Welcome! It’s time to start the 2022 Block of the Week project. If this is your first time visiting my blog, my block of the week project (or BOW as I call it) is made up of nine 6 1/2 x 6 1/2″ blocks. I release one each week for the next several weeks, starting today. You will get a link to the PDF instructions for free for each block. On the tenth week, I will provide free instructions for a setting for the blocks to make a wall hanging. You can use my idea to set the blocks or feel free to use your blocks however you like. I will also share some quilting tips that will be useful when making these blocks. So, how about we get started?
2022 BOW Block 1 – The Railroad
The instructions to make the block are found here: 2022 BOW Block 1. The block is made up of half-square triangle squares and four-patch units. Fairly simple units to piece even if you are a beginner.
Like a lot of traditional quilt blocks, this one also has been known by other names. Some of the other names for the block are the Underground Railroad, Jacob’s Ladder, Stepping Stones and Wagon Tracks. This block pattern dates back to the 18th century but was first officially published in 1884.
Tip of the Week – Strip Sets
Four-patch blocks, like those in the Railroad block, are one of the block types that can be pieced by starting with strip sets. What are strip sets? Strip sets are made from joining two or more long strips on their lengthwise sides. You can use width of fabric strips (40-44″ long) if you need a lot of pieces cut for your project, but I prefer to cut those in half to 20-22″ long. It’s easier for your strip sets to distort if you are using longer strips. The strips in this week’s pattern are 17″ long.
To make a strip set, start by laying two strips right sides together and pin in a few places:
The when it’s time to stitch, do not pull on them or push them through the machine as you are joining them with the 1/4″ seam. Just gently guide them along. Doing otherwise can distort your seam.
Finally, press the joined strips open. Make sure to press and not iron. It is important not to distort the seam of the joined strips. If you iron along the seam instead of pressing, you run the risk of stretching the fabric or the seam or both.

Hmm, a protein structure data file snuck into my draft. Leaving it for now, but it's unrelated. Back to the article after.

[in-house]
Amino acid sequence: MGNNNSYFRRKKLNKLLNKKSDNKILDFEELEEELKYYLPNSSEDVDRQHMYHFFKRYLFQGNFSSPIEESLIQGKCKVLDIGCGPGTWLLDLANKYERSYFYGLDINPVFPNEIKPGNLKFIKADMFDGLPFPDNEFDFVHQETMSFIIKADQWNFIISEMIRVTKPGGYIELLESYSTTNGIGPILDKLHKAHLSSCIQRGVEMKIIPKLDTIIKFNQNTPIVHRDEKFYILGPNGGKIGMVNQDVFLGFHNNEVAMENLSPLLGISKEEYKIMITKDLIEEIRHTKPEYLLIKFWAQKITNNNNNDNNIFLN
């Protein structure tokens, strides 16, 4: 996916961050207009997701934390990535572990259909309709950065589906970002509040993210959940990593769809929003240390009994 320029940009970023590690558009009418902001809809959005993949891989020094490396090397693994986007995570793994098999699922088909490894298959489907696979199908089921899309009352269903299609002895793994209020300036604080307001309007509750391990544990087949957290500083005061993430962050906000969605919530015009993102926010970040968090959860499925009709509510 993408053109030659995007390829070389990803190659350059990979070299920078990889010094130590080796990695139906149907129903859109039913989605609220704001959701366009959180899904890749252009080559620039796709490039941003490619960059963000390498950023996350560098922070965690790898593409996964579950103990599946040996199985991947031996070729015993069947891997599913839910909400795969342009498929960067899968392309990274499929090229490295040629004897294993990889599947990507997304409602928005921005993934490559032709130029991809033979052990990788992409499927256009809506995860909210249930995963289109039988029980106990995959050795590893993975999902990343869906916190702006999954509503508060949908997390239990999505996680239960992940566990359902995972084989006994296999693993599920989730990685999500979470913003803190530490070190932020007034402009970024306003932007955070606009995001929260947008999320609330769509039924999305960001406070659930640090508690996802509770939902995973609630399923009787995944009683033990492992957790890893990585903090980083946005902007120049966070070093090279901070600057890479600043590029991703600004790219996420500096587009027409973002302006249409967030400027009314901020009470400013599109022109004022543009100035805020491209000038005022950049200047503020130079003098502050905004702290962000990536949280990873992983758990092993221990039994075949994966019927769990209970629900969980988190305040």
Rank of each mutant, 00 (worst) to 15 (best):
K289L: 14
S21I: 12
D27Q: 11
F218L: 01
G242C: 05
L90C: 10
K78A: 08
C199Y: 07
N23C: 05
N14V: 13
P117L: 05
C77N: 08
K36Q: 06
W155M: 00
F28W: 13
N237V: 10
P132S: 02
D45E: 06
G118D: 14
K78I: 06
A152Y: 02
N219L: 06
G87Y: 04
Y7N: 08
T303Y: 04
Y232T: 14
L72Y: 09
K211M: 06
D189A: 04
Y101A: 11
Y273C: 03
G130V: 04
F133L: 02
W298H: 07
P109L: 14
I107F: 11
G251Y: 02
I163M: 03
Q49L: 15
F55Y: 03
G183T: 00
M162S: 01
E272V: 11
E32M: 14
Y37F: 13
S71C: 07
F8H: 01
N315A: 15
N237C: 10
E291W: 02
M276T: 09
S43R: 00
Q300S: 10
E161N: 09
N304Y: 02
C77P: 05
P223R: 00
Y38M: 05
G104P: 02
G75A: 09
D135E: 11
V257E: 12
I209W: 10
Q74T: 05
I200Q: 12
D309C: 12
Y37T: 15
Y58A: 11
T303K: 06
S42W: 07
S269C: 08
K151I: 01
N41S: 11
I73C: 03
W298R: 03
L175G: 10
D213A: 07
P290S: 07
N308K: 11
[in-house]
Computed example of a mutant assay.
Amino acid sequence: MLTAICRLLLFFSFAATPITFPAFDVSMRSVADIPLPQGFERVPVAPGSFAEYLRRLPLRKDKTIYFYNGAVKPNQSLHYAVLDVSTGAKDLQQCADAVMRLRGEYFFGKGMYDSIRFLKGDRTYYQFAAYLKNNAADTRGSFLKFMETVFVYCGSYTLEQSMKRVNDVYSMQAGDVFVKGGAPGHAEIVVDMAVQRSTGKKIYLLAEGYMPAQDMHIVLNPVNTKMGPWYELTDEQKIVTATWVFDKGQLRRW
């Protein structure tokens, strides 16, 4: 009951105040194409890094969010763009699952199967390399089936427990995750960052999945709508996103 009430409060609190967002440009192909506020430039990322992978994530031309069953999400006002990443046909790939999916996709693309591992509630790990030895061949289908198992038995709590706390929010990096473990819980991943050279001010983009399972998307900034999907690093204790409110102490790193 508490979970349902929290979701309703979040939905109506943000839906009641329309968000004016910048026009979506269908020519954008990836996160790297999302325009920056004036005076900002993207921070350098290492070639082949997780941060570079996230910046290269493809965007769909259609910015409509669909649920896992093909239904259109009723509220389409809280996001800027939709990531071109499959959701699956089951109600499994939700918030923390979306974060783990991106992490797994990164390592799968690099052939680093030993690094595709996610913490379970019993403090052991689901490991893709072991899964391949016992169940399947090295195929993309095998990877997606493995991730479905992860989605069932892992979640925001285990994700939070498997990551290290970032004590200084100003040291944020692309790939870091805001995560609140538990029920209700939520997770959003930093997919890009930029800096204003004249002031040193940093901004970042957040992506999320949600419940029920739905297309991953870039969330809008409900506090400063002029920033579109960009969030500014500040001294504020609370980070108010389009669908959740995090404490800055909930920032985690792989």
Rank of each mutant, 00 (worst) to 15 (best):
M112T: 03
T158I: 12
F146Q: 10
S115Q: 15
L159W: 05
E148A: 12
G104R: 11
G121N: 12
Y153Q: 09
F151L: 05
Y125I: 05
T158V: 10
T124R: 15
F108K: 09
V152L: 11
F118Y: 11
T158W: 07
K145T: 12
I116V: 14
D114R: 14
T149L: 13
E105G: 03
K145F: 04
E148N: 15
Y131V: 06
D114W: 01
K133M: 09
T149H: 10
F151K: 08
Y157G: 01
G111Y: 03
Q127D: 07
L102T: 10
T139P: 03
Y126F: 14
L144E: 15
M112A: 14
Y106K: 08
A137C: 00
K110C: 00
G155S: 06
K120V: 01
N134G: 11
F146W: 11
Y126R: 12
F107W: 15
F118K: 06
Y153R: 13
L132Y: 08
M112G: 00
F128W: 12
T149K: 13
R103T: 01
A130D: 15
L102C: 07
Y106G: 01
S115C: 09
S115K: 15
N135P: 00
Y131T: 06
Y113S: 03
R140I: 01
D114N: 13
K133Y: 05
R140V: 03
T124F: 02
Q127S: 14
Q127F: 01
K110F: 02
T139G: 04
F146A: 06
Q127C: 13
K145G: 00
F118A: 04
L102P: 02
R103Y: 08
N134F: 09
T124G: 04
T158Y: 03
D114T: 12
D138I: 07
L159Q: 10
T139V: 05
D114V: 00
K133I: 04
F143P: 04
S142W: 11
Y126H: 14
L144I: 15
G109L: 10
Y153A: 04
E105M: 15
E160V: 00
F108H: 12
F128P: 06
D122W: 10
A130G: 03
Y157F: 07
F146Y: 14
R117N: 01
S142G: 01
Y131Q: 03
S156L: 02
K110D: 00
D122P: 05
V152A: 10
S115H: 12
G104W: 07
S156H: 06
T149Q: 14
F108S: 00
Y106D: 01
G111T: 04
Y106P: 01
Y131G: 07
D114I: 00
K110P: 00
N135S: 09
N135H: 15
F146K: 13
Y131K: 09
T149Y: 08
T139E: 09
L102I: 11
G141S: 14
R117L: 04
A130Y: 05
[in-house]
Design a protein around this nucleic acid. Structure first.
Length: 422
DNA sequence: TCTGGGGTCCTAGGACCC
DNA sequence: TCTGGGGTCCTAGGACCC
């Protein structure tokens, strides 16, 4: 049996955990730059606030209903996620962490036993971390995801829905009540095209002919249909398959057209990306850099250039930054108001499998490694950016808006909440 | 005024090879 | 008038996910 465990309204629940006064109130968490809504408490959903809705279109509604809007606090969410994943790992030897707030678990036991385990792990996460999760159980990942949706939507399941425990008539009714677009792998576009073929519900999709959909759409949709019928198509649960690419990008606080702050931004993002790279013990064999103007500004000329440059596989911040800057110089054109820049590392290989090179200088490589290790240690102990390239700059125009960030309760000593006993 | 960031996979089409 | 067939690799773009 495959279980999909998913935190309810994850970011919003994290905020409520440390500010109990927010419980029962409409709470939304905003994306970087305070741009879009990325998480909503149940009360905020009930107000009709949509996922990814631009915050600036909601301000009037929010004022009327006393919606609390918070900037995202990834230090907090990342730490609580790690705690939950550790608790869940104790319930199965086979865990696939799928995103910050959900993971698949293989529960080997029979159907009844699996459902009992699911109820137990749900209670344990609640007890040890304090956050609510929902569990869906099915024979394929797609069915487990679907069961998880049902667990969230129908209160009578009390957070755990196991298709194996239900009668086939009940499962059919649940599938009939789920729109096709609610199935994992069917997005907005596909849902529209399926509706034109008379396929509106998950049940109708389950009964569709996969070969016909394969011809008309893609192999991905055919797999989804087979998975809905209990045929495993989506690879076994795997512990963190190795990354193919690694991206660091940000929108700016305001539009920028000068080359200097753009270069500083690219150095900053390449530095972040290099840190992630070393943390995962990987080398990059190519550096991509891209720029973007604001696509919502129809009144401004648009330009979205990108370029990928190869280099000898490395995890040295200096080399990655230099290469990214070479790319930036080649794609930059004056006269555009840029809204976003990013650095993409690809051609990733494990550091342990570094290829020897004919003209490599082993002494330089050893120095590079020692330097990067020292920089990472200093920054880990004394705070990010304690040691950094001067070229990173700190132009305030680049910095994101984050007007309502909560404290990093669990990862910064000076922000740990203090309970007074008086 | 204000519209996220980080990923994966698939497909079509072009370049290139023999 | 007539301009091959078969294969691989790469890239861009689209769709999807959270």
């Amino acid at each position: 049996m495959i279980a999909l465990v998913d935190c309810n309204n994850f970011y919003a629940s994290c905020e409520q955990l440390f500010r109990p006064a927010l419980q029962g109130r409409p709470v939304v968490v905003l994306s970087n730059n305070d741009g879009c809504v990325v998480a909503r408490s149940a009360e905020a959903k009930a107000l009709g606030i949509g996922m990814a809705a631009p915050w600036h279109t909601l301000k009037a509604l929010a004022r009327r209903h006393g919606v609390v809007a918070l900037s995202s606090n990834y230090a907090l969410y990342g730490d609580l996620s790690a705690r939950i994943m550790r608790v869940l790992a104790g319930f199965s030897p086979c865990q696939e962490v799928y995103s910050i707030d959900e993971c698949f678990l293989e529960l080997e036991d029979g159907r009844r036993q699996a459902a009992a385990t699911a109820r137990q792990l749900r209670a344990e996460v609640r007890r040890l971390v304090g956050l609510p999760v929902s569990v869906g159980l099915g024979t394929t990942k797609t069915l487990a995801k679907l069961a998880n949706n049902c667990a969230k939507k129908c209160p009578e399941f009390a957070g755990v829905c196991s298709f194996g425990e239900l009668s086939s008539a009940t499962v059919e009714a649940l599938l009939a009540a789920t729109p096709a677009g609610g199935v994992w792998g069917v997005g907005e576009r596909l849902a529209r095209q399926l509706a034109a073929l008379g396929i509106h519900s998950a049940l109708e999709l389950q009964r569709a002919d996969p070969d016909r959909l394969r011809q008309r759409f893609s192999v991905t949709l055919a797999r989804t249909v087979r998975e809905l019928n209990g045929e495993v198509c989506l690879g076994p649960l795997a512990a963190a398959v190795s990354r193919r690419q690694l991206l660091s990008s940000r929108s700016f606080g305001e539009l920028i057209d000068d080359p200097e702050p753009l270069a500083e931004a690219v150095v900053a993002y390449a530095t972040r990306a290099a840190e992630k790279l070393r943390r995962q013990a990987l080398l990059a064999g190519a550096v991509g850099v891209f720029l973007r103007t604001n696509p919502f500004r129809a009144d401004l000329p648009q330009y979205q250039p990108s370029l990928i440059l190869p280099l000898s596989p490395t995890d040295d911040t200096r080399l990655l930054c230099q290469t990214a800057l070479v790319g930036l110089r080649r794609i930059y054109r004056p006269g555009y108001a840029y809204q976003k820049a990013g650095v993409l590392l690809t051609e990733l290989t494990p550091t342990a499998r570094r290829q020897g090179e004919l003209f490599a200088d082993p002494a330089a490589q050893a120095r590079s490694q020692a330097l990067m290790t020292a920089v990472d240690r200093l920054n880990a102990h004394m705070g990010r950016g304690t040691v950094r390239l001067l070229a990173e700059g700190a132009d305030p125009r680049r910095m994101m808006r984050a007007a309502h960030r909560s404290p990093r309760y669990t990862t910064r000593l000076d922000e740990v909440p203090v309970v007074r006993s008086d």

If you are joining more than two strips together, alternate which end you start at when stitching. This also helps to limit distortion of the whole strip set. The diagram below shows what I am talking about:
To be safe, after adding each additional strip to a strip set, finger press open and measure to be sure your seams are accurate and the size of the strip set measures correctly. For example, if you are joining two 1 1/2″ wide strips, when pressed open, the strip set should then measure 2 1/2″ wide. Adding another 1 1/2″ strip on will then make the set measure 3 1/2″ wide. It’s important to keep the width size accurate, otherwise the segments you cut from the strip set will not measure correctly.
So that’s block 1 of the 2022 Block of the Week and the tip of the week. I hope you enjoyed this and will join me in the following weeks!
Comment or ask questions throughout this series. At the end, I will have a grand prize giveaway. This will include my book, two of my newer patterns, some fat quarters and sewing scissors!
Thanks for explaining how to sew strips so distortion is minimized….great idea!
I like to look at the block in a special way and make blocks within the block so you are sewing the fabric with minimal handling. This way you are preserving the fabric, get great looking blocks, saving time, using your fabric to reduce waste and minimizing errors. In this block I see 2 blocks to make, 4 half square triangles and 5 4 square blocks. Thanks for sharing your knowledge and your block of the week with us!
Looks like fun! Love your designs. Can’t wait to see the completed wall hanging.
Barb Onken says
Looking forward to seeing along!
Sewing along I mean.
Vicky Schroeder says
Looks like great fun!
This tip is a technique that I know works but often skip when I am lazy or rushed. Thanks for the reminder. Just like a tune up for your car, it makes a difference in the finished product.
I am looking forward to the blocks and more tips.
Your posts are always so informative! Great for newbies and oldies! This BOW will be fun! I have some fabrics already in mind!
Nanette Chopin Cook says
I have found that using the 18″ or less is much better to keep the strips from being wavy! When I first began quilting in early 2000 I used WOF and did I have have a lot of waste! Thx for all the good tips.
Christine Prager says
Thank you so much for sharing your patterns and hints with us. I love your patterns and always enjoy your blog.
Just found your site (was recommended by a friend) and I’m excited to be jumping in on your BOW! I love what I have seen as far as your patterns go. I am about to head over to You Tube and catch some of your videos there. I have so much to learn when it comes to quilting, wool, and applique. Thanks for offering this free BOW!
Your directions are always clear and easy to follow. Thanks!
What a beautiful first BOW! I can’t wait to see what more comes!
Kathy in WV says
Thank you for another great sewing opportunity…I love your quiltalongs and can hardly wait to start this BOW…Your tips are always so spot-on and helpful. I hope you know how much your efforts and generosity are appreciated!